Today's the day. It's been looming on my calendar for over a week now. I'm scared beyond belief, but not for me. . for my little girl.
Today was the day I was going to have to take her to the Oral Surgeon to have TWO teeth extracted. She didn't know. My wife thought it was best we didn't stress her out the entire week like we were, and then , on the morning, let her know we were going there instead of school. I thought this felt like I was blindsiding her, but if she felt half the anxiety we were feeling by knowing, then I think my wife made the right choice.
So as I was saying, today was the day. She woke up her happy little self, and then my wife had to lay the news on her that we had to go to the dentist. She cried and was visibly scared. I think it's just instinctive that kids (and adults) are scared of the dentist.
Well, I took her to the first appointment , to her dentist who she knows, for an examination to assess the problem. Her teeth, for whatever reason (genetics, asthma medicine, candy) are in pretty bad shape. On the other hand, my other daughter, who lives identically to the way her sister does (with the exception of the asthma medicine), has ZERO cavities.
Well, the exam went as expected. . . X-rays, and a quick look in her mouth by the Dr. The dentist took off the little apron and told her that it was over. WHEW. . nothing hurt, nothing was invasive.
We walked out of the dentists office, a relieved and renewed daughter bouncing along next to me. She thought that was it, it was easy.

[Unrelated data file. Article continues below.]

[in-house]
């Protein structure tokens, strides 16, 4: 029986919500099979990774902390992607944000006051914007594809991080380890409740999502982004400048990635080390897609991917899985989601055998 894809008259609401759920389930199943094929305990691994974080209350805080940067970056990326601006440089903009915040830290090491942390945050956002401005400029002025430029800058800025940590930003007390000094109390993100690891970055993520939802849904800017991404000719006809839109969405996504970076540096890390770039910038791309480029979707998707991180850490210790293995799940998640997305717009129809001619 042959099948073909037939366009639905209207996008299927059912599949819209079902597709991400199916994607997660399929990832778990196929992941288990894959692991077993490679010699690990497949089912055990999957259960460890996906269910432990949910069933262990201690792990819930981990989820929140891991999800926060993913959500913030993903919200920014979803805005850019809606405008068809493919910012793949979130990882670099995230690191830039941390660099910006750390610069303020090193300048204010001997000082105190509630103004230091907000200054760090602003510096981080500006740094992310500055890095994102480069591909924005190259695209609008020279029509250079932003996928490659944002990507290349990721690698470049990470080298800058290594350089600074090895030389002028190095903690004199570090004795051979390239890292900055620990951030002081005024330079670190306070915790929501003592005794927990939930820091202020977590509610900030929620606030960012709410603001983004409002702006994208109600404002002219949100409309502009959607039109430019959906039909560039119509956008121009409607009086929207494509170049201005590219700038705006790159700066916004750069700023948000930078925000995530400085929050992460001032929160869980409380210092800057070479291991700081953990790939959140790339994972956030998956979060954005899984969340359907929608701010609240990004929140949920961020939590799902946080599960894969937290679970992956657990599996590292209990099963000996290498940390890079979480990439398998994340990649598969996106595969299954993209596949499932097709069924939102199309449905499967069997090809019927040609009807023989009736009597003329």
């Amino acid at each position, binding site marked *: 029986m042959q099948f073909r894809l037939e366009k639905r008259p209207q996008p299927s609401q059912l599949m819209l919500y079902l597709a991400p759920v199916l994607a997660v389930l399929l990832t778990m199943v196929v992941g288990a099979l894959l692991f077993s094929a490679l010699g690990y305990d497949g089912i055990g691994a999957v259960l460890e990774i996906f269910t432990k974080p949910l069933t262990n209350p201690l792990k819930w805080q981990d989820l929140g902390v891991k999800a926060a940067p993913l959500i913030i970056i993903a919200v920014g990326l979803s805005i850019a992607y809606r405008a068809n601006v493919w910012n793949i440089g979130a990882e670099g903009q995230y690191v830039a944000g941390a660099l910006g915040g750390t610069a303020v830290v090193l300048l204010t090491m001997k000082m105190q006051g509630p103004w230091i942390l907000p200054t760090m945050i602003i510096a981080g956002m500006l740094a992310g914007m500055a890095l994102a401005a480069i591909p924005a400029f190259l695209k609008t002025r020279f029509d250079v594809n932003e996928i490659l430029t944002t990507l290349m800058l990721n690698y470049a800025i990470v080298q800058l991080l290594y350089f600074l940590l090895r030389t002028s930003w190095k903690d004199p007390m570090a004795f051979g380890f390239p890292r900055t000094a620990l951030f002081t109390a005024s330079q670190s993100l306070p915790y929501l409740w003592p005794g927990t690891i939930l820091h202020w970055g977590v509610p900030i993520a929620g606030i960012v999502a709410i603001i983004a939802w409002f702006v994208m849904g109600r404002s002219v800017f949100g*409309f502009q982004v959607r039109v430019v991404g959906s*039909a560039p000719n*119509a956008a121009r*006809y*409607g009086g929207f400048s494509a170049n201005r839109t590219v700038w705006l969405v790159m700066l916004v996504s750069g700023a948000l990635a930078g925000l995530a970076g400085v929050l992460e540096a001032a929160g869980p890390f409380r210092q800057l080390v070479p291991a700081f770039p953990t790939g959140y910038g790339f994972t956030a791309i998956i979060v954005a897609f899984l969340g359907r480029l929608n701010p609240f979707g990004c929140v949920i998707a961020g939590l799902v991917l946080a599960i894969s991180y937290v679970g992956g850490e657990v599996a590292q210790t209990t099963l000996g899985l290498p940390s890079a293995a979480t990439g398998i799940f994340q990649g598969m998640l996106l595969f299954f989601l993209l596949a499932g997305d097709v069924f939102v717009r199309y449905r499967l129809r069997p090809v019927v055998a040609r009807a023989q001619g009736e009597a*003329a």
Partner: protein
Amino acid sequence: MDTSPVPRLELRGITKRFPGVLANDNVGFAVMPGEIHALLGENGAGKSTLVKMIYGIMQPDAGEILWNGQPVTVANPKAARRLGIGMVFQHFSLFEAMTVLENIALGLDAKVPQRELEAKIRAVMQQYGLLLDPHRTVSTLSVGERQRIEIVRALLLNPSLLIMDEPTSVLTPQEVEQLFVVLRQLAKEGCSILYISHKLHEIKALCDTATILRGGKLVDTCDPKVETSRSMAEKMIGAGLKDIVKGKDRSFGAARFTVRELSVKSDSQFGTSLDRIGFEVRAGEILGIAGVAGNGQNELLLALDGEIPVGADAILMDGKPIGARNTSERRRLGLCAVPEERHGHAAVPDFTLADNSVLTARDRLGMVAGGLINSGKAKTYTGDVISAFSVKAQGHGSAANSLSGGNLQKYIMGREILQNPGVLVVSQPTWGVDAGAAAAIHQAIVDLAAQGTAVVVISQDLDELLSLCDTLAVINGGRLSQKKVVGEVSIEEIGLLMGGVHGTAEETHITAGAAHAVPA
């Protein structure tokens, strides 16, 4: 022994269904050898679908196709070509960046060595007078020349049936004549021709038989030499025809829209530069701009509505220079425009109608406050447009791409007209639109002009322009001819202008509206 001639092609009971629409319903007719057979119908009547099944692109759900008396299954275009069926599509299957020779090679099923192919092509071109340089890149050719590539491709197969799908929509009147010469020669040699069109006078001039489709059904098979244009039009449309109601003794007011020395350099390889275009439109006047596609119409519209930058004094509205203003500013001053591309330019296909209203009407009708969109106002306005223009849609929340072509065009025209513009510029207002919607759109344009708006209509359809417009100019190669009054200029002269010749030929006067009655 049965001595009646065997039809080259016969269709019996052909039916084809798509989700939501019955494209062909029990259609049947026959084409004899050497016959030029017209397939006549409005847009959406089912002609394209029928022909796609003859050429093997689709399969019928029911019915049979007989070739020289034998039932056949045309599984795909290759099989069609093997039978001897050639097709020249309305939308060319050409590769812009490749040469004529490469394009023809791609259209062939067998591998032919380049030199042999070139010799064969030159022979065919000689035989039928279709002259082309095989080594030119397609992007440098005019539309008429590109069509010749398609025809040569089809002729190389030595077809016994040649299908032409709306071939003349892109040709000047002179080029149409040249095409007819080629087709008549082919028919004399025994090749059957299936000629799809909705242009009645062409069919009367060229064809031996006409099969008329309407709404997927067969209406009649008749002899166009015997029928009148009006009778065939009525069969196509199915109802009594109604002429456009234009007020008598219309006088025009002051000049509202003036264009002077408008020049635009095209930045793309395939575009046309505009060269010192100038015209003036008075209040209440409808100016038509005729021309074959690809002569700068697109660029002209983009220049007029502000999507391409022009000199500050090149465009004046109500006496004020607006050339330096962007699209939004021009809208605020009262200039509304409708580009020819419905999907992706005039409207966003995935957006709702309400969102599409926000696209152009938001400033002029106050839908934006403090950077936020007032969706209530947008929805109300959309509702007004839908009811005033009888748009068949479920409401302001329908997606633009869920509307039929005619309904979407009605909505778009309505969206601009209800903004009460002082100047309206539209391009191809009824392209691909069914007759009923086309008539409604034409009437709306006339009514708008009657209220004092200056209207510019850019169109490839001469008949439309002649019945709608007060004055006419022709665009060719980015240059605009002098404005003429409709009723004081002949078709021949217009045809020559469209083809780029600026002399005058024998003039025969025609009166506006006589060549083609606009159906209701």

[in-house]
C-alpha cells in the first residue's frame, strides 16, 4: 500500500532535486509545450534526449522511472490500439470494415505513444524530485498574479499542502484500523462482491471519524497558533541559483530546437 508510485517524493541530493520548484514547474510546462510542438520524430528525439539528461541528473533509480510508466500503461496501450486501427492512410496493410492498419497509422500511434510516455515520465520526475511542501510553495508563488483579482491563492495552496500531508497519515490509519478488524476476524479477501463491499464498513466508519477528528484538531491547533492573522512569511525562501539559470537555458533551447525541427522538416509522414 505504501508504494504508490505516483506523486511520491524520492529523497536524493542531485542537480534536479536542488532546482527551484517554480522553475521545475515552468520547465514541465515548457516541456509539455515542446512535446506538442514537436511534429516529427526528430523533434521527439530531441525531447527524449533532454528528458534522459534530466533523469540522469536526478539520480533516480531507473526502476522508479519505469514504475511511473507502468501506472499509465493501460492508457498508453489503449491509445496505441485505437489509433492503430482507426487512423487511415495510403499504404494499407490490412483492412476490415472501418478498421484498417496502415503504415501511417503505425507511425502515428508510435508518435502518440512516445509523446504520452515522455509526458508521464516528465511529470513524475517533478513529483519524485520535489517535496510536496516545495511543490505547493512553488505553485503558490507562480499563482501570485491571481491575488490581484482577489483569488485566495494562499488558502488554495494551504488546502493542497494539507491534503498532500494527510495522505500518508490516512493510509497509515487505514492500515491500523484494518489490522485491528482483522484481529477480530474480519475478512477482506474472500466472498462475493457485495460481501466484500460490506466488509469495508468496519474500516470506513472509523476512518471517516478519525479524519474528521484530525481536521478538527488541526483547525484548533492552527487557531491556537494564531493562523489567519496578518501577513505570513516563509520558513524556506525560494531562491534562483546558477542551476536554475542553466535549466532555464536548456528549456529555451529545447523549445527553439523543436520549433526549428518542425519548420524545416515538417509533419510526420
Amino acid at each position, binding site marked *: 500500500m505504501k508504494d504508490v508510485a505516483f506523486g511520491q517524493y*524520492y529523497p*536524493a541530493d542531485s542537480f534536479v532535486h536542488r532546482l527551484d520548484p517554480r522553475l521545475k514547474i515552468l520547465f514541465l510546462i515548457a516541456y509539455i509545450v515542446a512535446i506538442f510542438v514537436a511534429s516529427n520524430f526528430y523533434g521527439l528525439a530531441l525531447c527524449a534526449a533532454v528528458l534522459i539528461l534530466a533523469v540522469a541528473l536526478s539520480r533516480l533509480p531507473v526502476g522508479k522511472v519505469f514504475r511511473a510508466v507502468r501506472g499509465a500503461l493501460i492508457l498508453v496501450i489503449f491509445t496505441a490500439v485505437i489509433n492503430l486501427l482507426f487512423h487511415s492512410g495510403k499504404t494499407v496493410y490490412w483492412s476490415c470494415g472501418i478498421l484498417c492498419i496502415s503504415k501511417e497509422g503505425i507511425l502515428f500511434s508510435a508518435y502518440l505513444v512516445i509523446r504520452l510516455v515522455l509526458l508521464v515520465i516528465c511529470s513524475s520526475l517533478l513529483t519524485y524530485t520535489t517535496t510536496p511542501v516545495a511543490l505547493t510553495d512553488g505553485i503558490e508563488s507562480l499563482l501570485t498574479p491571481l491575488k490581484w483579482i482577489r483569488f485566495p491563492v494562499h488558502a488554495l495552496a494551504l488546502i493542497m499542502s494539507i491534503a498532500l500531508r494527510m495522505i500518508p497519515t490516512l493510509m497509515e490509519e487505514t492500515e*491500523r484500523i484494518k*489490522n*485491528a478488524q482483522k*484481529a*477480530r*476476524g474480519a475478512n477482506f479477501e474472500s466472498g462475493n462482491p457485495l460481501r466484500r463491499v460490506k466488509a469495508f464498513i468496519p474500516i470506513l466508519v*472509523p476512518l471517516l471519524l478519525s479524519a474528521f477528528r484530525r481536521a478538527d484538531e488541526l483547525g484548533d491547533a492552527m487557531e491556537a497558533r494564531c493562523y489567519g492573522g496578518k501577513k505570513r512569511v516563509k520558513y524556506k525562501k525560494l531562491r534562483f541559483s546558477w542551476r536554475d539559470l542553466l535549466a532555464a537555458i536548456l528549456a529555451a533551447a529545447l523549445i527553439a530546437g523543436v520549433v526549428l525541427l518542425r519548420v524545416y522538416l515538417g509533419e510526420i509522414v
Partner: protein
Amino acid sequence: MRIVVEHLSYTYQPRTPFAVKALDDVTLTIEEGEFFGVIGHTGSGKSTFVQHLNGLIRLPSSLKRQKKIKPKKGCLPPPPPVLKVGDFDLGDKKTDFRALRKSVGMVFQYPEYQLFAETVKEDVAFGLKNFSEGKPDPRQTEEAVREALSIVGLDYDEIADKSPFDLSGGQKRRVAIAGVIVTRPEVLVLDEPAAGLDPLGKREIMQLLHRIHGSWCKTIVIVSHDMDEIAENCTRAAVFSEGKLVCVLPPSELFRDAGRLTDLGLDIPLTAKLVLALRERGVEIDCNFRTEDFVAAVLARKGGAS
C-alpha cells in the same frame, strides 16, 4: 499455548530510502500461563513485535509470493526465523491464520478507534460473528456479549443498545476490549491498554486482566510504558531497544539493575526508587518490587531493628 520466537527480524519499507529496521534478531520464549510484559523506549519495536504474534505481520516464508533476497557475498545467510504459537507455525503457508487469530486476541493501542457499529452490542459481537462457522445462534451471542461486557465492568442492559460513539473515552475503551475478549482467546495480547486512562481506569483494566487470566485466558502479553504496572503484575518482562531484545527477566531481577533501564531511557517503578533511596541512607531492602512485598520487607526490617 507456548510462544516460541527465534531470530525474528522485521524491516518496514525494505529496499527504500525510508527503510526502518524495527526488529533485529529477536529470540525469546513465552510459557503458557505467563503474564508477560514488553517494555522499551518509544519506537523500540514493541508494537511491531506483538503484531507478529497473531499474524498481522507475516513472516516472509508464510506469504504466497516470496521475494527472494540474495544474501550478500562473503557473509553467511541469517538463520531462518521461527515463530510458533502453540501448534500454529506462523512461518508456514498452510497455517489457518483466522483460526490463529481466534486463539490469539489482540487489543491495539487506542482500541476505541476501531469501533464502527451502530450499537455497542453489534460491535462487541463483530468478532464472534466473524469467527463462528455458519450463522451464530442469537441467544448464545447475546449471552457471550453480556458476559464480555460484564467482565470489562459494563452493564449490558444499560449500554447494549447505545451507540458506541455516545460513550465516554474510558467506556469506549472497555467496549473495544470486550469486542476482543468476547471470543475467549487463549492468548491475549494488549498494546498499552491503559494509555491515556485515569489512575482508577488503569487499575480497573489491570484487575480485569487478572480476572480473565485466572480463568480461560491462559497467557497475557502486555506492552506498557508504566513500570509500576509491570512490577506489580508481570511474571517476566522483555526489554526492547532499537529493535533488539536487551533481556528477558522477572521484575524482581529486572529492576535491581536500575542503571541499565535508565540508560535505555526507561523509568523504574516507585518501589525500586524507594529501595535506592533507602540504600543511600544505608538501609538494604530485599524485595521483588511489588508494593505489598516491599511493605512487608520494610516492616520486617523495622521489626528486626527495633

Here comes the worst part. We had another appointment at the Oral Surgeon in 30 minutes from now to have two horribly decayed teeth extracted from her head, and I was the one that got to lower the boom.
I tried my hardest to be positive and assure her that everything was going to be ok, but to be honest, I had no idea how this works. I'm not quite sure if I was trying to convince her or myself more.
She was DEVASTATED even more than when she first heard the news earlier in the morning.
Through her crying and nervousness, she powered through. We made it there and she walked up the stairs and into the office where all she saw was a bunch of adults waiting to be worked on. I assured her that kids go here and that's why we were here. Meanwhile, I'm starting to look at my watch to see if my wife will be here soon so we can take turns "faking" it in front of our daughter.
My wife , who was dropping off our other daughter at school, and NOT a fan of practice of dentistry, arrived:
tor·ture /ˈtôrCHər/ (aka dentistry)
The action or practice of inflicting severe pain on someone as a punishment or in order to force them to do or say something.
Inflict severe pain on.
Well, it was our turn. The three of us went back to the first consultation room where we met the surgeon. He couldn't have been nicer or more calm. . perfect for us (all of us).
He explained what he was going to do and we moved on to the next room. Here , my daughter's vitals were taken, relaxing her, and getting ready to go in.
Once in the chair, we then had to leave and wait in the waiting room. They said from start to finish it would probably be about 30 minutes. My wife would be a good nba ref because she was calling out minutes every 5-6 of them. After about 30 min, the assistant came out to tell us how proud we should be of our daughter who did fantastic.
We brought her home to some smoothie and soup and a nap.
She's still sleeping in the other room right now while I write this. My little girl continually amazes me in what she is able to push herself to do. Her own motto is "never give up". She continually pushes herself to do things when she otherwise can't. From the littlest thing , all the way to teeth extraction. I know there are children and adults that have MUCH more difficult and challenging things facing them, and I feel so lucky that MY ridiculous fears are just that. . . ridiculous.
I'm always inspired to see my brave one when I come home each night. . .
home of the brave